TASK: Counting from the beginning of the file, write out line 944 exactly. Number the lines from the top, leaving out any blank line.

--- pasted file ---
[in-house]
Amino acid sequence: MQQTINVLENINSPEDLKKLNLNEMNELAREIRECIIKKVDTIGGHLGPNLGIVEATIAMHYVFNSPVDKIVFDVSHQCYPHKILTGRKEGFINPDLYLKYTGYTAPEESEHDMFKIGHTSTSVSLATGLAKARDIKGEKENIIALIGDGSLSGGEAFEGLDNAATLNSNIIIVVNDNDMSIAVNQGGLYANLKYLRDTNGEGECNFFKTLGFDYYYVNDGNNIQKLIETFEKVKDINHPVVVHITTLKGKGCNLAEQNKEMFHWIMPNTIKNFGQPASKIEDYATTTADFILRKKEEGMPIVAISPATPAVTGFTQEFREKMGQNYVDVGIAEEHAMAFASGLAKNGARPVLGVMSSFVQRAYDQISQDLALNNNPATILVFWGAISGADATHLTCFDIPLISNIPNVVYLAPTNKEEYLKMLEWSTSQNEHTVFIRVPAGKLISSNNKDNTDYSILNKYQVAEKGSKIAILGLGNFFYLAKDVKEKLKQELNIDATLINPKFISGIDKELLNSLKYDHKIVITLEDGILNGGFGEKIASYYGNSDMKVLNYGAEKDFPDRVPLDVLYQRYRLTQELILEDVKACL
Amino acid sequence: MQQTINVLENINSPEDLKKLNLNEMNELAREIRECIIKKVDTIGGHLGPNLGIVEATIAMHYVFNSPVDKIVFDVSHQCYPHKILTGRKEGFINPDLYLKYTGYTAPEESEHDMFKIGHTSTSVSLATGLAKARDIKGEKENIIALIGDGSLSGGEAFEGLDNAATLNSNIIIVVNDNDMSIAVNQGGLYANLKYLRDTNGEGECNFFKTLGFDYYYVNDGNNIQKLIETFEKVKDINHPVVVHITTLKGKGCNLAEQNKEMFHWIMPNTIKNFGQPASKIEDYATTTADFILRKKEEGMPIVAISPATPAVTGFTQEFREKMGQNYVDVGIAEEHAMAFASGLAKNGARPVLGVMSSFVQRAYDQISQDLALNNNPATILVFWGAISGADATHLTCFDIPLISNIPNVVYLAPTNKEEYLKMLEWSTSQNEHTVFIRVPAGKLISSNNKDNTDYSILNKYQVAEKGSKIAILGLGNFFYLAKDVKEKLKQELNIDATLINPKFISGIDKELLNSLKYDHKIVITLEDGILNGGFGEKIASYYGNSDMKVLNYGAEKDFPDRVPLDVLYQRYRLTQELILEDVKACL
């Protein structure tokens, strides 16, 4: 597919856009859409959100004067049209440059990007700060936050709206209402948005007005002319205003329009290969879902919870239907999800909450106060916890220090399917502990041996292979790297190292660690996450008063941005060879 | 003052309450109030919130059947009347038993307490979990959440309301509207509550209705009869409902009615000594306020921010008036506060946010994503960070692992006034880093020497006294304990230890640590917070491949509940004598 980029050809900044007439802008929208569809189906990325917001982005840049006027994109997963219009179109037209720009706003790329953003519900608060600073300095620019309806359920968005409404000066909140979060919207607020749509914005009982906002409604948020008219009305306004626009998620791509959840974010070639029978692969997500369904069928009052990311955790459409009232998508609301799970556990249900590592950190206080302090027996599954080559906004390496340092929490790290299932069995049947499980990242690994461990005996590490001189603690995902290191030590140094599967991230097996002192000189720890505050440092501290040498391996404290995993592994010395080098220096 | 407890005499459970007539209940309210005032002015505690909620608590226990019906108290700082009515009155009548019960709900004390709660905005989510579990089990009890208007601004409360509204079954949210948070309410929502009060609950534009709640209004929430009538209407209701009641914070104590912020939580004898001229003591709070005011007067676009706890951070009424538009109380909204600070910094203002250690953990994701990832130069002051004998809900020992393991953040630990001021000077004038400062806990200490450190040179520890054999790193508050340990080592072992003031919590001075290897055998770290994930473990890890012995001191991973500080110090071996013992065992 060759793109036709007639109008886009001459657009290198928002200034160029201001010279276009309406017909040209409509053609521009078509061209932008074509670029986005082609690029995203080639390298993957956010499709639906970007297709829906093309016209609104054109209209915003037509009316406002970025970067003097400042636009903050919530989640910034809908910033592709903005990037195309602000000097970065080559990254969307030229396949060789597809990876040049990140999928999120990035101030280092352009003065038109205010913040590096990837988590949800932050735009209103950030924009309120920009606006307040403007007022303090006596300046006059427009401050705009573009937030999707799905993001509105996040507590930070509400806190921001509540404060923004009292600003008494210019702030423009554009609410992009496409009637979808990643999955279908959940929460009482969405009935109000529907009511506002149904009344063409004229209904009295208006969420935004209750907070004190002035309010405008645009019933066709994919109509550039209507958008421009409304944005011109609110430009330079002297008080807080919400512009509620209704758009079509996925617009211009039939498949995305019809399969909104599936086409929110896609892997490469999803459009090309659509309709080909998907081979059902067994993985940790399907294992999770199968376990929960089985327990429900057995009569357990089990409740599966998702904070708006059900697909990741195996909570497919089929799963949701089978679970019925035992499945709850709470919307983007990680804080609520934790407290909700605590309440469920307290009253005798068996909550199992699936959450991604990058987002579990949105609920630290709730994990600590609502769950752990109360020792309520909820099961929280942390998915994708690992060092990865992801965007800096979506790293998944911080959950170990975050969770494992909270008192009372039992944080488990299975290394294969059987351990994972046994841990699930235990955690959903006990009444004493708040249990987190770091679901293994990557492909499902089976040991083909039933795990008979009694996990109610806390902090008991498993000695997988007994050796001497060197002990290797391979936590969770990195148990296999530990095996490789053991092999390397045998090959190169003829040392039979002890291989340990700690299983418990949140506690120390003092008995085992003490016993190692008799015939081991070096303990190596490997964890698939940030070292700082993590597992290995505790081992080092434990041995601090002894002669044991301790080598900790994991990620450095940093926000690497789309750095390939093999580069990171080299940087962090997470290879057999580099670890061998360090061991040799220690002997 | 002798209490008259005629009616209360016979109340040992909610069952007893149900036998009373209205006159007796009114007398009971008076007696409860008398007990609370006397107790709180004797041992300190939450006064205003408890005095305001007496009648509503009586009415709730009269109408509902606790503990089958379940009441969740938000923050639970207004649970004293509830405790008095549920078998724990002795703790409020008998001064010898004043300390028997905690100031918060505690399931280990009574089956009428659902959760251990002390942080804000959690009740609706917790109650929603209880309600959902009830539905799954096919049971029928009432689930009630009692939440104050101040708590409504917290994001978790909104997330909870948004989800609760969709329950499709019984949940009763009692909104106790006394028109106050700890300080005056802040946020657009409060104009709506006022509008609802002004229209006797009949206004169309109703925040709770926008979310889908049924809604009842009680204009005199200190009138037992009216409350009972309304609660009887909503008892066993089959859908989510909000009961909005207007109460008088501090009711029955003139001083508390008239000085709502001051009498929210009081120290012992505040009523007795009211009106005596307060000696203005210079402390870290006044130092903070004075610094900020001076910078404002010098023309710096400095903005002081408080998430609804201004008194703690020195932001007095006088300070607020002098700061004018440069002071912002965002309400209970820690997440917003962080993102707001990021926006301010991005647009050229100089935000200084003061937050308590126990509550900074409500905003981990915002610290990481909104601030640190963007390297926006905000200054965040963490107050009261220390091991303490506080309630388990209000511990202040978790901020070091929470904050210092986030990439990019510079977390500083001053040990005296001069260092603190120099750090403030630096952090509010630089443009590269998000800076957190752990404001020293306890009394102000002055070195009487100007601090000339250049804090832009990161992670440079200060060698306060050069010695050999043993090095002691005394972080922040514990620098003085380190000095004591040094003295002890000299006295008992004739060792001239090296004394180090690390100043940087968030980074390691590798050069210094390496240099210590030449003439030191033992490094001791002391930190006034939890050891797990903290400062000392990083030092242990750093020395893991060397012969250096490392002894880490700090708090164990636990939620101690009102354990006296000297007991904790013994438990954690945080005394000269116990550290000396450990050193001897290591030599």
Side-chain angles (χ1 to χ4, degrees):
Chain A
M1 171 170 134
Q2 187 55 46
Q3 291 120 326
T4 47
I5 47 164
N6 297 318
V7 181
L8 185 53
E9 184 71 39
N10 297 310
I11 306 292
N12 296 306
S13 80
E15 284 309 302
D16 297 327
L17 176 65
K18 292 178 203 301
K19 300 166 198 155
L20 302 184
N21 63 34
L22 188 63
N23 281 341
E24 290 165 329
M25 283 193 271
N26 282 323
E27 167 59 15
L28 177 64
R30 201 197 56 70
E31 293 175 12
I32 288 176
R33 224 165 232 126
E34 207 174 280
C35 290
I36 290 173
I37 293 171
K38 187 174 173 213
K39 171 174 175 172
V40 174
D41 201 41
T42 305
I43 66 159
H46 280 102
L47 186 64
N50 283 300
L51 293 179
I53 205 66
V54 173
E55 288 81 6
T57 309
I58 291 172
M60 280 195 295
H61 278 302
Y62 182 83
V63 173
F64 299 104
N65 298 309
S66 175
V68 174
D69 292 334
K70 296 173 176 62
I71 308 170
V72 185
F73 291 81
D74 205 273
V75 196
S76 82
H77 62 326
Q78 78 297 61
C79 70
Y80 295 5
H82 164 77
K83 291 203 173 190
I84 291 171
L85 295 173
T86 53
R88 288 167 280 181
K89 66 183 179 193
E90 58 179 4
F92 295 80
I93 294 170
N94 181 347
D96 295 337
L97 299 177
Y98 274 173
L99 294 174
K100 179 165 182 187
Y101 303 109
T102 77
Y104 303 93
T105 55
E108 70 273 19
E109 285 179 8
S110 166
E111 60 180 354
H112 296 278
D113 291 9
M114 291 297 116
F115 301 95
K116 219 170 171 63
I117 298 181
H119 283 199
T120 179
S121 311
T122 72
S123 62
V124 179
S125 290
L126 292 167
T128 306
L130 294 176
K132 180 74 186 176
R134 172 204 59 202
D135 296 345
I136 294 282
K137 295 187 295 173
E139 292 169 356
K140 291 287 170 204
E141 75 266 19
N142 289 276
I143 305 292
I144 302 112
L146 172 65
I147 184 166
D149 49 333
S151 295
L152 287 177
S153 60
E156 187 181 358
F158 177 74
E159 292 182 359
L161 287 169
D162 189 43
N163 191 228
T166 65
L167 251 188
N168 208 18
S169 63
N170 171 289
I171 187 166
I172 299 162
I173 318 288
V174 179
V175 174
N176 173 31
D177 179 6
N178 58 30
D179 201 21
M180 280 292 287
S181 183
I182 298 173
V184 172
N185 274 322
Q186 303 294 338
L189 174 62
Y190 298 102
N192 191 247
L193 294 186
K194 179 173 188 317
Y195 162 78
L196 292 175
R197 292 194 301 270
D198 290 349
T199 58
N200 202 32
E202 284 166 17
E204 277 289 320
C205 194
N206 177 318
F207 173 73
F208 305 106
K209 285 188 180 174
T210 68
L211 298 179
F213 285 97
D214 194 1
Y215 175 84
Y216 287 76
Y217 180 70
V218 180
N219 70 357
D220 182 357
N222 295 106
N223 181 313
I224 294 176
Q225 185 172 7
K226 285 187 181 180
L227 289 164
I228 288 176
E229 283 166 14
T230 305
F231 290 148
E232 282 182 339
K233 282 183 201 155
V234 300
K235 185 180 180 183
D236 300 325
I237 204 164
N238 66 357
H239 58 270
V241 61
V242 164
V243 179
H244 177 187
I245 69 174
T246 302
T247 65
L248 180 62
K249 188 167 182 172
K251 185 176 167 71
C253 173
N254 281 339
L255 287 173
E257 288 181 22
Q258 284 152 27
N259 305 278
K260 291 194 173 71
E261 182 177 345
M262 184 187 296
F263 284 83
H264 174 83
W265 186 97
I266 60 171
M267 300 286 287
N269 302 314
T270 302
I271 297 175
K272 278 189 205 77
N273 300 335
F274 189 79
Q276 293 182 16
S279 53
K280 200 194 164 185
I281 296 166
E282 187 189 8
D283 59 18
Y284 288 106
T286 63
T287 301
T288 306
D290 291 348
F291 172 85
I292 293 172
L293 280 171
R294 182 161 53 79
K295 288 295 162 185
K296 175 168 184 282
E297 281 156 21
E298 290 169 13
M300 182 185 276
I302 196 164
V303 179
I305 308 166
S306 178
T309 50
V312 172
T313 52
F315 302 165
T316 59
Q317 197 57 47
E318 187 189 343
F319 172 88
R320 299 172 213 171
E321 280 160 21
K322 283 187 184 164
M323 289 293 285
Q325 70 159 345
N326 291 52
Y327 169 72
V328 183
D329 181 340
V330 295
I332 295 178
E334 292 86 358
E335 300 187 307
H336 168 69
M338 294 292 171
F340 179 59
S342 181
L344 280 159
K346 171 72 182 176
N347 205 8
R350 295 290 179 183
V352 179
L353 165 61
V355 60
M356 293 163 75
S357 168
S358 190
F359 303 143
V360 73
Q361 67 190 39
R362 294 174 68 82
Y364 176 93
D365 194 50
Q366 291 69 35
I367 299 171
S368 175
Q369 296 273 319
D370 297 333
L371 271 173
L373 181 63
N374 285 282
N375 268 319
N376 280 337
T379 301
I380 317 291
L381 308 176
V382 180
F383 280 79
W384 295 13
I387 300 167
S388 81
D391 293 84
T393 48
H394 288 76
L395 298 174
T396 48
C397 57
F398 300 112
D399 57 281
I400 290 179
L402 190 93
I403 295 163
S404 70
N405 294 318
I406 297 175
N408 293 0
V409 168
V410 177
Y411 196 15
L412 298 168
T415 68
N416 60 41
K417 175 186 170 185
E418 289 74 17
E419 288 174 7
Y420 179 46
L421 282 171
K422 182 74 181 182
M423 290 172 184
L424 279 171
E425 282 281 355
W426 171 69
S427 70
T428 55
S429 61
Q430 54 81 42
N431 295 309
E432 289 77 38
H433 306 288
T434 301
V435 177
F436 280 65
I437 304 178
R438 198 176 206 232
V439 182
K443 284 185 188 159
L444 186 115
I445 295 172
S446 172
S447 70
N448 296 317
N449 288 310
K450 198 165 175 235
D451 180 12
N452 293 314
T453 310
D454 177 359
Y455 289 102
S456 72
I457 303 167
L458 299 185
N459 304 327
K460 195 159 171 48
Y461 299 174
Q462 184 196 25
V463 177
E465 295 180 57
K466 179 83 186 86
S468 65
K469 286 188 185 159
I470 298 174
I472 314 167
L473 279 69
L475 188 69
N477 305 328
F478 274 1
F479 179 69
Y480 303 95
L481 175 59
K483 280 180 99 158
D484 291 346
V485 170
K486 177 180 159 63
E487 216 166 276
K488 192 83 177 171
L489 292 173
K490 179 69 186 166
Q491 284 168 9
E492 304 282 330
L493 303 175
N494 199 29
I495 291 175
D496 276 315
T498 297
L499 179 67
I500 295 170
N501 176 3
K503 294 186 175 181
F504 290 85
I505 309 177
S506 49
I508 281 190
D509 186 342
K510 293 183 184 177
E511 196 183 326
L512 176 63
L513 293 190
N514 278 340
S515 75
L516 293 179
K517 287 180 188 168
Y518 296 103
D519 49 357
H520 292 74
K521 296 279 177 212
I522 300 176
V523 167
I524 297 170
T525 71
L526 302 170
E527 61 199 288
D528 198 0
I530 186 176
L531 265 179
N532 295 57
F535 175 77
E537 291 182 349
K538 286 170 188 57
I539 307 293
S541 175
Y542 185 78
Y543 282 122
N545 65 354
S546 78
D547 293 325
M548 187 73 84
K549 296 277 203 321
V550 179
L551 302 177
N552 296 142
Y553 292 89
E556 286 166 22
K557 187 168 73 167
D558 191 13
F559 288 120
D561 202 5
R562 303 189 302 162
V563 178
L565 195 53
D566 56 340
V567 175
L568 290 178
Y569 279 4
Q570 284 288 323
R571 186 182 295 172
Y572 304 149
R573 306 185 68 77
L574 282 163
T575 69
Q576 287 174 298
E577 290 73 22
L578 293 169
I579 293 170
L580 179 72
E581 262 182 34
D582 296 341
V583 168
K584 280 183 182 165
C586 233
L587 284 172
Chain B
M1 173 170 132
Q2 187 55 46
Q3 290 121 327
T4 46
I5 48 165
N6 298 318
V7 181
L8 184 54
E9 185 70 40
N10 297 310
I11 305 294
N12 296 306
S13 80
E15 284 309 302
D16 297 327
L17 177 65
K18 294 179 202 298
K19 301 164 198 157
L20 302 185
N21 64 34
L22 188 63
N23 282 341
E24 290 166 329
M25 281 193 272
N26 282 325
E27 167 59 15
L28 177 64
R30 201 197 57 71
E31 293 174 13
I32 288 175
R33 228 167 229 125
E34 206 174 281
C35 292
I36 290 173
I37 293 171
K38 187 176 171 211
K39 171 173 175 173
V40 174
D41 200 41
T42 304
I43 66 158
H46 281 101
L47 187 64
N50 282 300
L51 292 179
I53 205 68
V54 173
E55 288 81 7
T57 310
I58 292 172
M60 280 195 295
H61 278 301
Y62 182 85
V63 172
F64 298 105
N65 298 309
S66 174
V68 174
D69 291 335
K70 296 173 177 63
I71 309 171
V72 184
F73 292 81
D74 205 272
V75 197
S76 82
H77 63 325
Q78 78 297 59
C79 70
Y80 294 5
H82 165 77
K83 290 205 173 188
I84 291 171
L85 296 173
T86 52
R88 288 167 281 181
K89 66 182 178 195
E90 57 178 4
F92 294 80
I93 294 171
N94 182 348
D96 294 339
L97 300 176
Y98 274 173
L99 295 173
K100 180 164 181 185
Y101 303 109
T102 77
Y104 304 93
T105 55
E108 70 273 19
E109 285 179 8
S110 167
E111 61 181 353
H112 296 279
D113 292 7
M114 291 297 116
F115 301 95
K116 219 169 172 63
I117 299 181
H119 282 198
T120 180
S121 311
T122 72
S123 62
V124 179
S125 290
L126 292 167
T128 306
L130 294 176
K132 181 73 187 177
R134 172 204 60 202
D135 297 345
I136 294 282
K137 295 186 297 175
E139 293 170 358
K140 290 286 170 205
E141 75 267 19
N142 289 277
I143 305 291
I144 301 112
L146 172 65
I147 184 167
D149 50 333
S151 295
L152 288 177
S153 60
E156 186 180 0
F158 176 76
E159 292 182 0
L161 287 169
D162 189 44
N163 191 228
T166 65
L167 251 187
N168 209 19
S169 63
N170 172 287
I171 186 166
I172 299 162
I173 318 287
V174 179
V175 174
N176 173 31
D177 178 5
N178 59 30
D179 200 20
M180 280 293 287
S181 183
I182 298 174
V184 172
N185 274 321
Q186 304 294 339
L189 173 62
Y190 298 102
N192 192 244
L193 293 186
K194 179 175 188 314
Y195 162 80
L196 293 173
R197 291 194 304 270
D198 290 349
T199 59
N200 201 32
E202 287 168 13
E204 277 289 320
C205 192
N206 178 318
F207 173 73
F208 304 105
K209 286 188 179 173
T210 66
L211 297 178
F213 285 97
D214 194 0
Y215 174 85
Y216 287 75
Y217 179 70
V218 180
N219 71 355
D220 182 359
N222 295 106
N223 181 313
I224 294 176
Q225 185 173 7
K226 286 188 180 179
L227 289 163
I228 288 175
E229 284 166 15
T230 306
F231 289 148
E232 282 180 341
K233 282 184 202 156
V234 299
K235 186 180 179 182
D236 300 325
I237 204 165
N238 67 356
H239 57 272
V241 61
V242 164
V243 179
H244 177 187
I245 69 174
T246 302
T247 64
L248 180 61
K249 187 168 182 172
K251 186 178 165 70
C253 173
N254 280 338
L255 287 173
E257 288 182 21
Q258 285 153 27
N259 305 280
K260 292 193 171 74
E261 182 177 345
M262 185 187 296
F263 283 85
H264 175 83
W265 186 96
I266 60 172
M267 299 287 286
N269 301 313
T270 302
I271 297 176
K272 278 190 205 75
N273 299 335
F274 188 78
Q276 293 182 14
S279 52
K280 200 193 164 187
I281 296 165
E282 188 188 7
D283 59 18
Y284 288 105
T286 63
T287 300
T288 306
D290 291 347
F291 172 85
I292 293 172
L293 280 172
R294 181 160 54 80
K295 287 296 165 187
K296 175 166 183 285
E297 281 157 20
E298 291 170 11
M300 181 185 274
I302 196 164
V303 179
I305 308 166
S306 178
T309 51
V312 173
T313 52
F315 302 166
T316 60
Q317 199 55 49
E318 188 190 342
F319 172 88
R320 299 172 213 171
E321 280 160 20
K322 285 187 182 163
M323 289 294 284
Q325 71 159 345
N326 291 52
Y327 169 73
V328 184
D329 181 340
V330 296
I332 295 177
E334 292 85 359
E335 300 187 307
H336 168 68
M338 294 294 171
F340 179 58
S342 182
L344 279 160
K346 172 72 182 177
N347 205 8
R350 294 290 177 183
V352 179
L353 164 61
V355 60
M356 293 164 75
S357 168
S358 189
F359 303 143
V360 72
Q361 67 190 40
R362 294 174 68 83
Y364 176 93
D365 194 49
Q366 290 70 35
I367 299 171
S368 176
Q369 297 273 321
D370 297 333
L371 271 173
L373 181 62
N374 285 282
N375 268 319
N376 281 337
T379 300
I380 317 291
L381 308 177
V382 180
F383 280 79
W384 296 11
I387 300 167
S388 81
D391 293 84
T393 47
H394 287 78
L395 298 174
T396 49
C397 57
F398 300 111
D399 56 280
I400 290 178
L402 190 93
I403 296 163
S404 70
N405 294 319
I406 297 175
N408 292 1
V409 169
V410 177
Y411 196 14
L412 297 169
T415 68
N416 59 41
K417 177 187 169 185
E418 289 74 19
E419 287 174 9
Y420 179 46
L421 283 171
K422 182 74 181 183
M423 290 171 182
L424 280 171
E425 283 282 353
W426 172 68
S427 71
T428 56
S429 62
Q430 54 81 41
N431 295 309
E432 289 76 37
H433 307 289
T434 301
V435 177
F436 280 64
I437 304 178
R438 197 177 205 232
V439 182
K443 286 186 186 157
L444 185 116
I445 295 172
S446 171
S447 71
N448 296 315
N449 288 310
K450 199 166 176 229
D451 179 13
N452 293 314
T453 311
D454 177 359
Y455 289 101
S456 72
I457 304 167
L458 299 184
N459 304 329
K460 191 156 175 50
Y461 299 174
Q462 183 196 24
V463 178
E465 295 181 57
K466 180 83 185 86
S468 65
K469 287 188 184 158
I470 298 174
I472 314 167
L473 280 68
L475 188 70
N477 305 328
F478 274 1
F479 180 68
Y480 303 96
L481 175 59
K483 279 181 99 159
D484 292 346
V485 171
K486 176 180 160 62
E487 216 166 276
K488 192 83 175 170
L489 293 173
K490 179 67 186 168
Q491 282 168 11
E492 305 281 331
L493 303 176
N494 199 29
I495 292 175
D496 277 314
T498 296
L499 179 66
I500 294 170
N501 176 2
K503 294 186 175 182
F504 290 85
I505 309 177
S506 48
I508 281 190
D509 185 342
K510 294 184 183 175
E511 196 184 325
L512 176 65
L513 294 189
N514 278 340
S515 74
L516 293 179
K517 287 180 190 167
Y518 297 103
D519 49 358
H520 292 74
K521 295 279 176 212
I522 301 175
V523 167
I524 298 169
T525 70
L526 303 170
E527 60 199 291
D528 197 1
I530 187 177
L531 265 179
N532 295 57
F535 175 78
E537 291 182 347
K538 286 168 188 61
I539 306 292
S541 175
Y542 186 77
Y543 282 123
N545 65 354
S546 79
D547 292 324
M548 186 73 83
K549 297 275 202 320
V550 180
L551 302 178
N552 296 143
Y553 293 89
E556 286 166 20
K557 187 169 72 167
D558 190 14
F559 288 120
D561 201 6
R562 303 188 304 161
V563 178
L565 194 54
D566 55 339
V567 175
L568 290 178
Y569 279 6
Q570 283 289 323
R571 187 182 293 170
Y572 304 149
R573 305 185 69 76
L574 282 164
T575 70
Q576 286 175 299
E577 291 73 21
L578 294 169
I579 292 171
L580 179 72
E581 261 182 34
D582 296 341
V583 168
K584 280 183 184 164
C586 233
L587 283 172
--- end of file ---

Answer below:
F559 288 120